On the West rises the Black Moon


Rare second new moon in one calendar month, also called Black Moon, will happen on September 30. Such astronomical phenomenon last time the inhabitants of the Earth were able to observe in March 2014.

From time to time there is a month that has two new moons. The new moon is the first phase of the lunar cycle when the Moon is located between Earth and the Sun. While facing the us side of the satellite remains unlit, and the reverse is bathed in sunlight. The new moon is the absolute opposite of the full moon, when we see the lunar disk is fully illuminated by the sun behind our planet.

Typically the lunar cycle lasts about a month (the average of 29.53 days — the period known as the synodic month). This September, Friday’s new moon will be the second for the Western hemisphere (the first was September 1). This happens about every 32 months and is called the Black Moon.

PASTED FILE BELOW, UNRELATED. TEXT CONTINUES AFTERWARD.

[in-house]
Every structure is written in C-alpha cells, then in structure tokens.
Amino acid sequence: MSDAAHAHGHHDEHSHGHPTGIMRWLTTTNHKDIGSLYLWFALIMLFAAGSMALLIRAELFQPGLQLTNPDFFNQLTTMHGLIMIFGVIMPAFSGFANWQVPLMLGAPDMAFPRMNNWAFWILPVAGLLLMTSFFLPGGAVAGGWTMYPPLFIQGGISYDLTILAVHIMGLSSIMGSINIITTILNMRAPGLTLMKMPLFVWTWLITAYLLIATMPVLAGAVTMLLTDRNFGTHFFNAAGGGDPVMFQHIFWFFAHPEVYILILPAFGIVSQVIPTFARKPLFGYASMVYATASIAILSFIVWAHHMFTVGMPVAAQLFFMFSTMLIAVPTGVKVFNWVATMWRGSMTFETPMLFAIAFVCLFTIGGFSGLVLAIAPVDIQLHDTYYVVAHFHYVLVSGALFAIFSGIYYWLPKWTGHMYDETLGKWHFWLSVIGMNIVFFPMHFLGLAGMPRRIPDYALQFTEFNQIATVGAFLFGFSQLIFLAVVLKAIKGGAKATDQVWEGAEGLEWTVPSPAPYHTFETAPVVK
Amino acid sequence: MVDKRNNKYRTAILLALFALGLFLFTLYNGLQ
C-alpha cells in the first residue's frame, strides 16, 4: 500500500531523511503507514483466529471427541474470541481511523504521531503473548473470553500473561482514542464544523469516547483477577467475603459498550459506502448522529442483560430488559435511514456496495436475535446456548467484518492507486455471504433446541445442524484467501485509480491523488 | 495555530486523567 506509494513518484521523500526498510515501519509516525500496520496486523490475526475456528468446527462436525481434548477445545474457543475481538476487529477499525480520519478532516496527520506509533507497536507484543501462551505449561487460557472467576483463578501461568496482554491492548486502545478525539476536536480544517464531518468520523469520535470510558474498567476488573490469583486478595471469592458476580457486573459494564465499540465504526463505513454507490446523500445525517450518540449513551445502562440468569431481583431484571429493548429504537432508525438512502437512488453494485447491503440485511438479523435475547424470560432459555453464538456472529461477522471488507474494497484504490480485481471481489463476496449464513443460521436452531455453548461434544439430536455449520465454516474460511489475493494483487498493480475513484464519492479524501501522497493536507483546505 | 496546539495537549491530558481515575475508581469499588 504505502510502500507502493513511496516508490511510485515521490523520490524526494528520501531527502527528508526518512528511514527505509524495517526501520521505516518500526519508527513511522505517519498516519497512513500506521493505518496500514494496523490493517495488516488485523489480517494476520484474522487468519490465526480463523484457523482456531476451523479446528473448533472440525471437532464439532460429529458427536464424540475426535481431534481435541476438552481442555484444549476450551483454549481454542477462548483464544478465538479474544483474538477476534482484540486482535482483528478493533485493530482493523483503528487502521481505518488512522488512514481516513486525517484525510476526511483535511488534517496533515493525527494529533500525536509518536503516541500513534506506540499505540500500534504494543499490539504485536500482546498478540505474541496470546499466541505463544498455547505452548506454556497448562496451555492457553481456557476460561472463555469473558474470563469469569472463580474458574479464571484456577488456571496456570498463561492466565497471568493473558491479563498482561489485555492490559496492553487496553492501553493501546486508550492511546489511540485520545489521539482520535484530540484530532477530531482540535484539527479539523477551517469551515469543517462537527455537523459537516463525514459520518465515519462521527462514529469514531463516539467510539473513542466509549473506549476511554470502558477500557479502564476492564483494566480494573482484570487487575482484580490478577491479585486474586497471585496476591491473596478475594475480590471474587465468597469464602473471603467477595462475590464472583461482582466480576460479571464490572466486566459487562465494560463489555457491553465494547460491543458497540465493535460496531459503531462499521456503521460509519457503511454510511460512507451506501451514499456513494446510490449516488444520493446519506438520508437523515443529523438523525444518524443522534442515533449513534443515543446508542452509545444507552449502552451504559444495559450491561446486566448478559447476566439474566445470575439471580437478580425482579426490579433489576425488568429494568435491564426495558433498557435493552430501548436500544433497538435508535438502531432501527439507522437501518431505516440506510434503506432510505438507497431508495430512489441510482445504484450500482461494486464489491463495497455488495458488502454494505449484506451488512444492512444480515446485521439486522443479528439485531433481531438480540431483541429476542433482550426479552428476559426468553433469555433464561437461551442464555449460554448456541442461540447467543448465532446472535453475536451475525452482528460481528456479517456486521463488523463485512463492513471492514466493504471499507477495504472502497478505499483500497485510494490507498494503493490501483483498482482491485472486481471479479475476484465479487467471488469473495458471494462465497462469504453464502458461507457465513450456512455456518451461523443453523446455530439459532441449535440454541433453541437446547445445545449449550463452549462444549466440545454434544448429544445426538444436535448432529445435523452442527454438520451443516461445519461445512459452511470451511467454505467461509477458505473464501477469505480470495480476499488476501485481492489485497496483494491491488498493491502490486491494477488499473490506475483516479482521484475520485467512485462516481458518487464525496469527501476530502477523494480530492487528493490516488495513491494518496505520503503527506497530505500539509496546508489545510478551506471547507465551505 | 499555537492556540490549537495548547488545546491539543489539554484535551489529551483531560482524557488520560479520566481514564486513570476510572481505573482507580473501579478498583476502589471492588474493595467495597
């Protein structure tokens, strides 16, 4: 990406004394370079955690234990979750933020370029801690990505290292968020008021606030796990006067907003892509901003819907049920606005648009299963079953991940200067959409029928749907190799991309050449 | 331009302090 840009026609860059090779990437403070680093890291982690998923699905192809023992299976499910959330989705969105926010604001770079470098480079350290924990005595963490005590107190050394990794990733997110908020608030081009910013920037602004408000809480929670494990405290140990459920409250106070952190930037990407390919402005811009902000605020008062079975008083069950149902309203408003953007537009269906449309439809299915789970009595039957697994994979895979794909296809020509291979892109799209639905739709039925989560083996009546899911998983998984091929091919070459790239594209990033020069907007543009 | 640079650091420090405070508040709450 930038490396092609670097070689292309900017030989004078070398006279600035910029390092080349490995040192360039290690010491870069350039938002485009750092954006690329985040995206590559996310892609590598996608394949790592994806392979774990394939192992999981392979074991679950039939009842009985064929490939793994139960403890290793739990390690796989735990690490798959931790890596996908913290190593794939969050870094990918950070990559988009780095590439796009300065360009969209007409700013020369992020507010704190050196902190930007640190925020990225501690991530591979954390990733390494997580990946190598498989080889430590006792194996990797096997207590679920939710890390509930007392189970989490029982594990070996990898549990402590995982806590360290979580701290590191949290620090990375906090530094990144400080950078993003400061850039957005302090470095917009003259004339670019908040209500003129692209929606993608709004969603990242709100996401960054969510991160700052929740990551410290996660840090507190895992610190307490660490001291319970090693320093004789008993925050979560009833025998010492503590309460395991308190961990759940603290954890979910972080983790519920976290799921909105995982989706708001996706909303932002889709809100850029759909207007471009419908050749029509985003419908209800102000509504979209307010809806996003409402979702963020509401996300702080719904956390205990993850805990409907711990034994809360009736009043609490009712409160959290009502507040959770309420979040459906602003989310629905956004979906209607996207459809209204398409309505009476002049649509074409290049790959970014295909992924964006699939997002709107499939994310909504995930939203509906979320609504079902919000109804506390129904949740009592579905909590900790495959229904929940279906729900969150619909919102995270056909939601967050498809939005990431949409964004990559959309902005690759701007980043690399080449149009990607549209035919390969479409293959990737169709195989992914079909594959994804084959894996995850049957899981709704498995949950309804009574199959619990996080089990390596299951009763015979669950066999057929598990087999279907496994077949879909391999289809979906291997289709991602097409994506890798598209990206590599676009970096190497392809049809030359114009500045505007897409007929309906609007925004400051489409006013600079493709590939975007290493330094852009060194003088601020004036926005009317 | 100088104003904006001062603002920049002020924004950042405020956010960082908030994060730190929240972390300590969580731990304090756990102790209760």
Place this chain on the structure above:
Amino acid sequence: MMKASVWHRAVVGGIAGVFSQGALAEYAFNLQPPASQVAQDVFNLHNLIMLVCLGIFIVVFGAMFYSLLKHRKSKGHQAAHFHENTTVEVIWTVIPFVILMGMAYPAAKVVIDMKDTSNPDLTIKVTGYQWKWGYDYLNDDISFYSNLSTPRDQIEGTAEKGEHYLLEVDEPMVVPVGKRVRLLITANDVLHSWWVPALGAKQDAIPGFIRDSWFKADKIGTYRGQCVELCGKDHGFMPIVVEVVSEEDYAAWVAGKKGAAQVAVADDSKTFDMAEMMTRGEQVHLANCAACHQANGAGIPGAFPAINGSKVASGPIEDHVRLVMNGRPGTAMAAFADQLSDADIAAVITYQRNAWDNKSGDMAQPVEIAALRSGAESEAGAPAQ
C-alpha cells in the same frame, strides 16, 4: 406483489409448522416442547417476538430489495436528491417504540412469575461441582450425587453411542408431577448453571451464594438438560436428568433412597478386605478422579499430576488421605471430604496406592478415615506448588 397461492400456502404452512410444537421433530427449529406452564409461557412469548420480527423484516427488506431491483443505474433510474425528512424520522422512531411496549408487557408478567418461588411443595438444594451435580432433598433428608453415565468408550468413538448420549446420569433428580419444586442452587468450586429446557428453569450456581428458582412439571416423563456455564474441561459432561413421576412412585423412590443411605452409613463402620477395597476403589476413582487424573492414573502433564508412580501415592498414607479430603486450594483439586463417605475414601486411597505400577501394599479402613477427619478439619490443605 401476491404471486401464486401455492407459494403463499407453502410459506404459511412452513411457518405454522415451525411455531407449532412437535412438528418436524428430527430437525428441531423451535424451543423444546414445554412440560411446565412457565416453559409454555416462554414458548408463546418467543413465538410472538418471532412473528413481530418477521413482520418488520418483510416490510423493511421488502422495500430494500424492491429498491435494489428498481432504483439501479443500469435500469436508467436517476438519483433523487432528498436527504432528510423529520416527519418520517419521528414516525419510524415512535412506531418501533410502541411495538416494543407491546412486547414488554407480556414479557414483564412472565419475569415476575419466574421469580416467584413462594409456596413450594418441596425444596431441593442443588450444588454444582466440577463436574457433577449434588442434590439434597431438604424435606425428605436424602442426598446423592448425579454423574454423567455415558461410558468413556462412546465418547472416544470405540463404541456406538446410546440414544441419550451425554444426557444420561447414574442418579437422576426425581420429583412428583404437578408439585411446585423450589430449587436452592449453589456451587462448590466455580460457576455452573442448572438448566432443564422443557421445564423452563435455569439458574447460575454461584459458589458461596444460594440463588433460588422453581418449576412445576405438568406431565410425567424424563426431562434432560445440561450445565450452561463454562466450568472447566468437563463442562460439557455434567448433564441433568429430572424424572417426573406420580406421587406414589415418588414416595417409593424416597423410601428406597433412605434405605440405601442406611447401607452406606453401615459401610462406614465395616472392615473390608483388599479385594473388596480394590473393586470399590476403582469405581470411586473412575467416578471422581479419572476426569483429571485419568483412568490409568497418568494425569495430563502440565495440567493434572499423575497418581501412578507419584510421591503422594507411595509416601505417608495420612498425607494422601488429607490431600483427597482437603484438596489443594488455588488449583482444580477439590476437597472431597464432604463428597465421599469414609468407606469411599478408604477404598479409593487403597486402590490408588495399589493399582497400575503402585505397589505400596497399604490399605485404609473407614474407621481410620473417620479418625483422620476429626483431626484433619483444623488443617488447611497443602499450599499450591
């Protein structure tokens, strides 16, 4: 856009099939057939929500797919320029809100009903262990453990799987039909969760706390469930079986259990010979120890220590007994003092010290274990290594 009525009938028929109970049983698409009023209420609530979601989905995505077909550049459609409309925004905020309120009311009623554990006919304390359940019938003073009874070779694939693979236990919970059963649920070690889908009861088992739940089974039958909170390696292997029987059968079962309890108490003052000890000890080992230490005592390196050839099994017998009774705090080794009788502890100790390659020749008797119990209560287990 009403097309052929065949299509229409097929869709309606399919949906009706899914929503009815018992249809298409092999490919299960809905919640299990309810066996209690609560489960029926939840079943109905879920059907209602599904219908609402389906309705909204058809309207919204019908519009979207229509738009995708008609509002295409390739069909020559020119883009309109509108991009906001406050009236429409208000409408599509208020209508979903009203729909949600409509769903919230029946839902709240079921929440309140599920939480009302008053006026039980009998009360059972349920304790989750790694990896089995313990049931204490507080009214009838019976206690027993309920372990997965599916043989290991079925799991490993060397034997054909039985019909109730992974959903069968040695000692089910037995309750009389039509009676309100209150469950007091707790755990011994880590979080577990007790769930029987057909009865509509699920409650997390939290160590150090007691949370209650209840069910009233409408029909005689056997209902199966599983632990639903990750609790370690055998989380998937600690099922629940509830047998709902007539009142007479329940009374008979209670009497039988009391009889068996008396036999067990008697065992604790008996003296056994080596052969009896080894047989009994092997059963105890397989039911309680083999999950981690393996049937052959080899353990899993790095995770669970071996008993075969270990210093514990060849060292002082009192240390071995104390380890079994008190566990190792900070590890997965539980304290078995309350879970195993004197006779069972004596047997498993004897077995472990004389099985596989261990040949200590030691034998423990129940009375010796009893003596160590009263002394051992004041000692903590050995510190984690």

At night the Black moon is impossible to see from Earth. This is due to the fact that the Moon in this phase is in the same part of the sky, and the Sun. It rises and sets with him, eclipsing his light. Only a couple of days earlier or later in the sky visible thin Crescent. In exceptional cases, when a New Moon passes directly in front of the Sun, we can observe it in the form of a solar Eclipse.

Interestingly, 30 Sep Black Moon will be “exclusive” to the Western hemisphere. In the Eastern hemisphere the new moon will occur on October 1 and will be the first of the month. Thus, for us the Black Moon rises only 30 of October, when there will be the second in one month the new moon. But for residents of Eastern Asia, Japan, New Zealand and Australia, the event does fall on Halloween — October 31.

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